Thursday 22 February 2018

The guidance counsellor: 'I have had calls from parents wanting to know if Heaney will be on English Paper Two'

Aoife Walsh
Aoife Walsh

Aoife Walsh

Although I spend my days giving support to students, there are a few tips I often wish I could pass on to parents.

Don't forget to celebrate.

It is a tremendous task to guide young people through their 13-14 years of education. For many families, this has been a path with some stumbles and struggles and, there is no doubt, it has been littered with self-doubt. Take the time to acknowledge the achievement. They have made it. You have made it. Rejoice. They may not appreciate all you have done for them now, but they will.

The Leaving Cert is not everything. Yes, it's important, but it is but one step in a journey. Keep the exam in perspective. Higher points will give your child more options when it comes to college but will not necessarily affect how successful they will be as people or in their careers. Their hard work, creativity and passion will have a much larger effect on their future prospects than their CAO points. Even if they do not manage to get the necessary grade or extra five points for their current dream course, life will go on.

Hopefully, the CAO is completed in such a way that although the student may be disappointed if they do not receive an offer for their number one choice, they will enjoy every course they have listed and can see how this course will add to their career development. If in any doubt, it is still possible to work on this as the CAO change of mind facility remains open until July 1, well after the exams have finished. Don't let your stress increase theirs. Stress is contagious.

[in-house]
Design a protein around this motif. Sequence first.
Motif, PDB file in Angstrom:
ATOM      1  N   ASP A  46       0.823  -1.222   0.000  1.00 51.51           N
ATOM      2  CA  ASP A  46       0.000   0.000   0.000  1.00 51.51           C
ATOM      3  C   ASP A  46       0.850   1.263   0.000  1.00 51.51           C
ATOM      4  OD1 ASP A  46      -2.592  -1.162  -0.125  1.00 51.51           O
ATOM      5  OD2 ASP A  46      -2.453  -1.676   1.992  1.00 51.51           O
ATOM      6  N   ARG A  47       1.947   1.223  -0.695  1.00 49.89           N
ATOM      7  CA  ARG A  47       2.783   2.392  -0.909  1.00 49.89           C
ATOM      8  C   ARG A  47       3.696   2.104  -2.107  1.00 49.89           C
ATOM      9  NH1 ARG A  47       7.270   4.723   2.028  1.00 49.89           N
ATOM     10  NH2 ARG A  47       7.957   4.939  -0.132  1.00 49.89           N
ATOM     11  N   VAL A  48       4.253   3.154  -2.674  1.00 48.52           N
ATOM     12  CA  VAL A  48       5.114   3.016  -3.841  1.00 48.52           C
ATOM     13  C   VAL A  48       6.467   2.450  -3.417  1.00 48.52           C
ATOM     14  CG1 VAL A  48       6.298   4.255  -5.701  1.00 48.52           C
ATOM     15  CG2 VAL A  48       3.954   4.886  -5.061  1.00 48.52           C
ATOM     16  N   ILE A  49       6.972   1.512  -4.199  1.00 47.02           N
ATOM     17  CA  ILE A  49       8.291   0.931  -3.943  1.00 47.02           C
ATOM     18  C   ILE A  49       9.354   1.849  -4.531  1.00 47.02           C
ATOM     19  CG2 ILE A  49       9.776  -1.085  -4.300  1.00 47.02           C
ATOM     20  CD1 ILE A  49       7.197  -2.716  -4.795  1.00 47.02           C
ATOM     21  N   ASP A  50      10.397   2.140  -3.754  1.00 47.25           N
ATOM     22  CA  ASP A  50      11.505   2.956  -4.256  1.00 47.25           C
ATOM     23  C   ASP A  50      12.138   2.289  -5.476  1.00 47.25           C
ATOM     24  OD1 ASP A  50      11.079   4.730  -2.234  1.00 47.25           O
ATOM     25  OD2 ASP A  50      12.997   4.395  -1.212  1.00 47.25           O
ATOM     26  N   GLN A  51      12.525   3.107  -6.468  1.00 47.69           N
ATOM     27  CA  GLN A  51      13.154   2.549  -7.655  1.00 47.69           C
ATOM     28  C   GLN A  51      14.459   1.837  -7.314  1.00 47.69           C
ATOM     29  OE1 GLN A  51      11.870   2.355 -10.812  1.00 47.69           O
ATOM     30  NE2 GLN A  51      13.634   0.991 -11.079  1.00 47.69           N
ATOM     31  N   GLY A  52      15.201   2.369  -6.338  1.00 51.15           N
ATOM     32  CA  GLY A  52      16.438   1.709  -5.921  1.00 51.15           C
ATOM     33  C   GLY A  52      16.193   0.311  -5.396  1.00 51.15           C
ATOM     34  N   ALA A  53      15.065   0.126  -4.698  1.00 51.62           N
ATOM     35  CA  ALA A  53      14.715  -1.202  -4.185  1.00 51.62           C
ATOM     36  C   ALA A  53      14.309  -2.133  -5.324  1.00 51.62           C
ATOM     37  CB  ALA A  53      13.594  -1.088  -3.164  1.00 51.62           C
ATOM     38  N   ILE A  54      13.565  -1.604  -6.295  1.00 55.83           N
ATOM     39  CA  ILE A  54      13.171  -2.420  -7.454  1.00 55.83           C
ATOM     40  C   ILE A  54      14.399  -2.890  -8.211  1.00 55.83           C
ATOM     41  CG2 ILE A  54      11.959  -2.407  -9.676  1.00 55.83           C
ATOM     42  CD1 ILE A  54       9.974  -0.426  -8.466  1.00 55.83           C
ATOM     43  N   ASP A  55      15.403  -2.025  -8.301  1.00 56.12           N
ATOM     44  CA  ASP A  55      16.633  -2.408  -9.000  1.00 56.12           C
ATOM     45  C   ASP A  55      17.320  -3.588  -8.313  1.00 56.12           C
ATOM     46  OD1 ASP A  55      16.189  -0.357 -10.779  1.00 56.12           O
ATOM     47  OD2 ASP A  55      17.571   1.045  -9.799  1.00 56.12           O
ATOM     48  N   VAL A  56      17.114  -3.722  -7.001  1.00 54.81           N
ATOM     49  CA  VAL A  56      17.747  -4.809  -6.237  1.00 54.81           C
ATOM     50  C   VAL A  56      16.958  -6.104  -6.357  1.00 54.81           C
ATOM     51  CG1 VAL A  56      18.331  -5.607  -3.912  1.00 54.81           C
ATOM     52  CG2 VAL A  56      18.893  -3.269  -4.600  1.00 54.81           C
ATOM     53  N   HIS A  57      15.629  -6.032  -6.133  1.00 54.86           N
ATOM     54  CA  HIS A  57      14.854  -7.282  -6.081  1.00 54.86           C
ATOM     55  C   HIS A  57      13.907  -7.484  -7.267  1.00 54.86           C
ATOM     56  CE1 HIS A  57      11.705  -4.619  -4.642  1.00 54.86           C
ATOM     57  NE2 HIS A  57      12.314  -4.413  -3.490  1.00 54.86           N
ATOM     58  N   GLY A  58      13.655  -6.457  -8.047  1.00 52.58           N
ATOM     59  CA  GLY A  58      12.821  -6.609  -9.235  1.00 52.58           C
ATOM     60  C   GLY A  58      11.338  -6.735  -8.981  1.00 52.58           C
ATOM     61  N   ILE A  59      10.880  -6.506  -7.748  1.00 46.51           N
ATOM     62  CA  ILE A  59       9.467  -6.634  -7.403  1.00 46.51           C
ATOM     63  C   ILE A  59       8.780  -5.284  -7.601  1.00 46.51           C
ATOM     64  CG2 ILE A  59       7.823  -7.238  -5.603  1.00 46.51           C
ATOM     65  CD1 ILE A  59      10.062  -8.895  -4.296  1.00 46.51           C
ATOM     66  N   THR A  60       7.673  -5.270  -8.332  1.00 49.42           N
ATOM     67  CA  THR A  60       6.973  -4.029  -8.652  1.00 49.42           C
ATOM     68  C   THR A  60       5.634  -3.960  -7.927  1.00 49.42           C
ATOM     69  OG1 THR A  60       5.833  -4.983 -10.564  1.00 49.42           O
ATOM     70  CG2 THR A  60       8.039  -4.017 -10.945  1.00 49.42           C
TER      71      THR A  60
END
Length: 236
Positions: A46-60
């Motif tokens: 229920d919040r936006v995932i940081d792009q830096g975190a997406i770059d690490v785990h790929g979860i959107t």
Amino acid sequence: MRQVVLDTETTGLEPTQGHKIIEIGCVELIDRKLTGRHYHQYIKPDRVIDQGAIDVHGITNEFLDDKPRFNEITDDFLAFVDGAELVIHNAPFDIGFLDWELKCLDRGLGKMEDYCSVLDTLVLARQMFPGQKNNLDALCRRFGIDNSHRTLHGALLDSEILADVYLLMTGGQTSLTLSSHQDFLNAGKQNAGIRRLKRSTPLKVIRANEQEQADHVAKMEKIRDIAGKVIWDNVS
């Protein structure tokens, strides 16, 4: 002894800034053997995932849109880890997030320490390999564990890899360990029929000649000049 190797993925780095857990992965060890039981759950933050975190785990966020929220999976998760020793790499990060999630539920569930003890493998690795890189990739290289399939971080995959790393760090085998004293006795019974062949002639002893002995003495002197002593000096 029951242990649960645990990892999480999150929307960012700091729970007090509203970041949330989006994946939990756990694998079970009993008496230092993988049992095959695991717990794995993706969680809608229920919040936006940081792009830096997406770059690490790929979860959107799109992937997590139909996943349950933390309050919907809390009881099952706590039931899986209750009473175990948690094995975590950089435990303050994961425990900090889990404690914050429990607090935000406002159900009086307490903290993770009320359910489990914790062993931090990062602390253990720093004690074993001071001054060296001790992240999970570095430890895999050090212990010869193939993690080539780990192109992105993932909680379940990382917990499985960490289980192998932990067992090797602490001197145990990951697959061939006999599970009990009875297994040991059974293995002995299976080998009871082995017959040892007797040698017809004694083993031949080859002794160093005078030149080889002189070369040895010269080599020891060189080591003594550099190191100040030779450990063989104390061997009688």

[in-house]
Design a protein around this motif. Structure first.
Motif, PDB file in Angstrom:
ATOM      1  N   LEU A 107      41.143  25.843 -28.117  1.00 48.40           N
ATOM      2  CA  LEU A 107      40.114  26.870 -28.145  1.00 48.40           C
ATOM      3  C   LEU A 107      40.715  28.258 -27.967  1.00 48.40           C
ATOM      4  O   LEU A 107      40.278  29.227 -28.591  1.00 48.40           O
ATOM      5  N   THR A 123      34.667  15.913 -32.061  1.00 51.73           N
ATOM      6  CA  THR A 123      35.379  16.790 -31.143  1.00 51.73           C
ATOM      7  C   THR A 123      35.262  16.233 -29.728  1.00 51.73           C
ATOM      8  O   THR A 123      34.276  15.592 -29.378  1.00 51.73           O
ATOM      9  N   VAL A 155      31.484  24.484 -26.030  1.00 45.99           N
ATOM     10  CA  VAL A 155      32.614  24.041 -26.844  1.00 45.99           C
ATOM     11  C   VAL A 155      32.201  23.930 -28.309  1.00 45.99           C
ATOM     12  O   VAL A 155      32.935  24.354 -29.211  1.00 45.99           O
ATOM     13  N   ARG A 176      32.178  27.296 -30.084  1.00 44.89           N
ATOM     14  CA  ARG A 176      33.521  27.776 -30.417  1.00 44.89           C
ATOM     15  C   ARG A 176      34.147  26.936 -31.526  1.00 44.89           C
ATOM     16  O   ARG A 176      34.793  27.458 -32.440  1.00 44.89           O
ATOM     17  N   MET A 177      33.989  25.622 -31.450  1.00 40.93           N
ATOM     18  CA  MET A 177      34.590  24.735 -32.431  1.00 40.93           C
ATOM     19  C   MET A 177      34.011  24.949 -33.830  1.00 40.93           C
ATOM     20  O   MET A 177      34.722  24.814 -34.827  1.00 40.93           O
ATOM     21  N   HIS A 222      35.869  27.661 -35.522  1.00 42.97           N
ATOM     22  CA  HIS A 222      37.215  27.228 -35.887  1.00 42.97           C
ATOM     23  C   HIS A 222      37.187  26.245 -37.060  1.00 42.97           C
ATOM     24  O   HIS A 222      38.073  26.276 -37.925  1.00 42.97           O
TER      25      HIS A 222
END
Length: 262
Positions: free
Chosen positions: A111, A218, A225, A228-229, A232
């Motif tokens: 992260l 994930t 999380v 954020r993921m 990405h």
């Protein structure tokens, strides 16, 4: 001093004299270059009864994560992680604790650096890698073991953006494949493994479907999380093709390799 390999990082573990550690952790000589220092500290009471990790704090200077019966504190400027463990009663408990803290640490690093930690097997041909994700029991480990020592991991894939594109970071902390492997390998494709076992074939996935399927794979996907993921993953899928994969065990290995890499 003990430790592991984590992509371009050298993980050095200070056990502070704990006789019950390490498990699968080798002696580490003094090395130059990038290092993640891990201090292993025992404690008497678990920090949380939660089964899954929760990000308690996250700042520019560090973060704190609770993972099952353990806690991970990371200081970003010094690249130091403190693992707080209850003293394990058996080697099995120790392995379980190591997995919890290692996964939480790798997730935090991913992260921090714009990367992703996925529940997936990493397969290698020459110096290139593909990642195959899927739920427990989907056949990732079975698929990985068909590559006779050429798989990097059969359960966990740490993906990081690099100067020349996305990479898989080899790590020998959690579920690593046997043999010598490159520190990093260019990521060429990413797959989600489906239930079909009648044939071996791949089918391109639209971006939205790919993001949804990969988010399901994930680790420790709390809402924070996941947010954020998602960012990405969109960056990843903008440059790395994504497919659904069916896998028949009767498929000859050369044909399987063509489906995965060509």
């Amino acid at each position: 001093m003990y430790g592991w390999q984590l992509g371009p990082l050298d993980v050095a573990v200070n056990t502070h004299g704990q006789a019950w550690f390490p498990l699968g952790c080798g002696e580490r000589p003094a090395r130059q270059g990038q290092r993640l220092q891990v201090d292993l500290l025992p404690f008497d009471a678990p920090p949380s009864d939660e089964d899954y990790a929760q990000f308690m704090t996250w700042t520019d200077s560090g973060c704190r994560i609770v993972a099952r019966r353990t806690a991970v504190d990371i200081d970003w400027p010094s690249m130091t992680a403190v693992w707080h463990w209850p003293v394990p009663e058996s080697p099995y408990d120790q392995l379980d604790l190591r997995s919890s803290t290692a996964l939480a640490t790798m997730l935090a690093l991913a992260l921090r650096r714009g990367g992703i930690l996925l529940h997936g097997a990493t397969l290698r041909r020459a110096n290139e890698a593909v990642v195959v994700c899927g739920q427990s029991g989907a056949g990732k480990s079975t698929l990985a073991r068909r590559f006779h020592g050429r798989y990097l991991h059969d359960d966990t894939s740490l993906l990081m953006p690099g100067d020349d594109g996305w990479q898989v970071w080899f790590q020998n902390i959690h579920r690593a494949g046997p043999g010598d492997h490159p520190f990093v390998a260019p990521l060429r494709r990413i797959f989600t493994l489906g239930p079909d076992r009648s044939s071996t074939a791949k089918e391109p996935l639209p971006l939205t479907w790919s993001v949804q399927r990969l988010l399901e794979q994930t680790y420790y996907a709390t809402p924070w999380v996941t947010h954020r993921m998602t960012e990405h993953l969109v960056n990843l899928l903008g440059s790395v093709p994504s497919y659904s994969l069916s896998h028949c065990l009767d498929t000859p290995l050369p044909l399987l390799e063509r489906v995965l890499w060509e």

All parents worry about how their child will perform and how they will manage. At this point, there is little you can do but feed them, support them and help them stay calm.

I have had phone calls from parents who are stressed out and wanting to discuss the likelihood of Dickinson or Heaney appearing on English Paper Two. Focus on what you can do: keep the house quiet, keep the food coming and ask them what they need.

If your young person tends to worry, reassurance is your best tool. Remind them of all they have achieved, explain why you think they will achieve again and focus on the present. Focus on each task one step at a time and one thing at a time. Support them to be fully present in their revision and in the breaks. It's all about balance.

Avoid post mortems.

Yes, you want to know how it went and you might be trying to be helpful, but your child retelling the exam to you in minute detail will not change how it went.

They are more likely to recall the answers they did not know or the things they forgot to write than what went well. Post mortems will increase everyone's stress and concerns and have absolutely no impact on the result. When you ask how the exam went, accept their answer and try not to probe even if that answer is the all too familiar 'fine'.

Aoife Walsh is a guidance counsellor at Malahide Community School, Co Dublin, and writes a weekly advice column in the Irish Independent

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